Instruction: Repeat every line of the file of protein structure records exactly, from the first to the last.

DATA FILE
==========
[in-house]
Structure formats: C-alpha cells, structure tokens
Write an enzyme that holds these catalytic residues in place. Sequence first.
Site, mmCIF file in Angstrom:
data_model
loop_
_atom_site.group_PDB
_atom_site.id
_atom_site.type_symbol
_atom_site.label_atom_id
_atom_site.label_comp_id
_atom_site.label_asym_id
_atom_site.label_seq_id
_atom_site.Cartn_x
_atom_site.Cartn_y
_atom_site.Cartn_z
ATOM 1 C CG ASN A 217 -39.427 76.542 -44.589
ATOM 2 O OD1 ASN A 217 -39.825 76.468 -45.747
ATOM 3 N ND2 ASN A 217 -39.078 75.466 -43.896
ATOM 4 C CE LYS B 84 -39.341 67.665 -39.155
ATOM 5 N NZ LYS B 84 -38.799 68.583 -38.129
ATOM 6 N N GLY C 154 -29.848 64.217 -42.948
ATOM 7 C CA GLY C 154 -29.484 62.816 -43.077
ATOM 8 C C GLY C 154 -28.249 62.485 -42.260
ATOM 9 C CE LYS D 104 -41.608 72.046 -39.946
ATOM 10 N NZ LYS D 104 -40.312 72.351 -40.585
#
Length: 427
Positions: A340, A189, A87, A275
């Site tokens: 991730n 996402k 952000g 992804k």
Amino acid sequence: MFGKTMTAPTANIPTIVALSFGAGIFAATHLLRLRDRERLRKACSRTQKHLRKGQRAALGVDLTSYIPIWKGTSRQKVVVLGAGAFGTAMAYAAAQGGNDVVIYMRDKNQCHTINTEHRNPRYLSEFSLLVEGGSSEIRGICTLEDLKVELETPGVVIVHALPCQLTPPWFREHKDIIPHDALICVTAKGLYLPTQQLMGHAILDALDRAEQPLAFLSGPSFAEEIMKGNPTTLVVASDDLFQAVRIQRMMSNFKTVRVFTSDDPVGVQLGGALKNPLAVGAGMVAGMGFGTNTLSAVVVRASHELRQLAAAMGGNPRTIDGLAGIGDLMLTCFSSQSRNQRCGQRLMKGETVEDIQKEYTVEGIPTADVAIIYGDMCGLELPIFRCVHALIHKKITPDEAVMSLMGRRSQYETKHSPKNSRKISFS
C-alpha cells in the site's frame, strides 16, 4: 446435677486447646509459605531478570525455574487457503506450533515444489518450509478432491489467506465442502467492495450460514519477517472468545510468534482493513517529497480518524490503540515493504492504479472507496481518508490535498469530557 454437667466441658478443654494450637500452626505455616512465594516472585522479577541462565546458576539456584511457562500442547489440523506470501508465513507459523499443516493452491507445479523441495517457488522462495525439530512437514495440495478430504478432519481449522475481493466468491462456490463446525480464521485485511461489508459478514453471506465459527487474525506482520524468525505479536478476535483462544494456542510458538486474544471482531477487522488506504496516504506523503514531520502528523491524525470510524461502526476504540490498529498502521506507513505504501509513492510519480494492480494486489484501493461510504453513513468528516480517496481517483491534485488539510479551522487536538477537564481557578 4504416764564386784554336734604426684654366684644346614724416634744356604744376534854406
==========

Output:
[in-house]
Structure formats: C-alpha cells, structure tokens
Write an enzyme that holds these catalytic residues in place. Sequence first.
Site, mmCIF file in Angstrom:
data_model
loop_
_atom_site.group_PDB
_atom_site.id
_atom_site.type_symbol
_atom_site.label_atom_id
_atom_site.label_comp_id
_atom_site.label_asym_id
_atom_site.label_seq_id
_atom_site.Cartn_x
_atom_site.Cartn_y
_atom_site.Cartn_z
ATOM 1 C CG ASN A 217 -39.427 76.542 -44.589
ATOM 2 O OD1 ASN A 217 -39.825 76.468 -45.747
ATOM 3 N ND2 ASN A 217 -39.078 75.466 -43.896
ATOM 4 C CE LYS B 84 -39.341 67.665 -39.155
ATOM 5 N NZ LYS B 84 -38.799 68.583 -38.129
ATOM 6 N N GLY C 154 -29.848 64.217 -42.948
ATOM 7 C CA GLY C 154 -29.484 62.816 -43.077
ATOM 8 C C GLY C 154 -28.249 62.485 -42.260
ATOM 9 C CE LYS D 104 -41.608 72.046 -39.946
ATOM 10 N NZ LYS D 104 -40.312 72.351 -40.585
#
Length: 427
Positions: A340, A189, A87, A275
């Site tokens: 991730n 996402k 952000g 992804k």
Amino acid sequence: MFGKTMTAPTANIPTIVALSFGAGIFAATHLLRLRDRERLRKACSRTQKHLRKGQRAALGVDLTSYIPIWKGTSRQKVVVLGAGAFGTAMAYAAAQGGNDVVIYMRDKNQCHTINTEHRNPRYLSEFSLLVEGGSSEIRGICTLEDLKVELETPGVVIVHALPCQLTPPWFREHKDIIPHDALICVTAKGLYLPTQQLMGHAILDALDRAEQPLAFLSGPSFAEEIMKGNPTTLVVASDDLFQAVRIQRMMSNFKTVRVFTSDDPVGVQLGGALKNPLAVGAGMVAGMGFGTNTLSAVVVRASHELRQLAAAMGGNPRTIDGLAGIGDLMLTCFSSQSRNQRCGQRLMKGETVEDIQKEYTVEGIPTADVAIIYGDMCGLELPIFRCVHALIHKKITPDEAVMSLMGRRSQYETKHSPKNSRKISFS
C-alpha cells in the site's frame, strides 16, 4: 446435677486447646509459605531478570525455574487457503506450533515444489518450509478432491489467506465442502467492495450460514519477517472468545510468534482493513517529497480518524490503540515493504492504479472507496481518508490535498469530557 454437667466441658478443654494450637500452626505455616512465594516472585522479577541462565546458576539456584511457562500442547489440523506470501508465513507459523499443516493452491507445479523441495517457488522462495525439530512437514495440495478430504478432519481449522475481493466468491462456490463446525480464521485485511461489508459478514453471506465459527487474525506482520524468525505479536478476535483462544494456542510458538486474544471482531477487522488506504496516504506523503514531520502528523491524525470510524461502526476504540490498529498502521506507513505504501509513492510519480494492480494486489484501493461510504453513513468528516480517496481517483491534485488539510479551522487536538477537564481557578 4504416764564386784554336734604426684654366684644346614724416634744356604744376534854406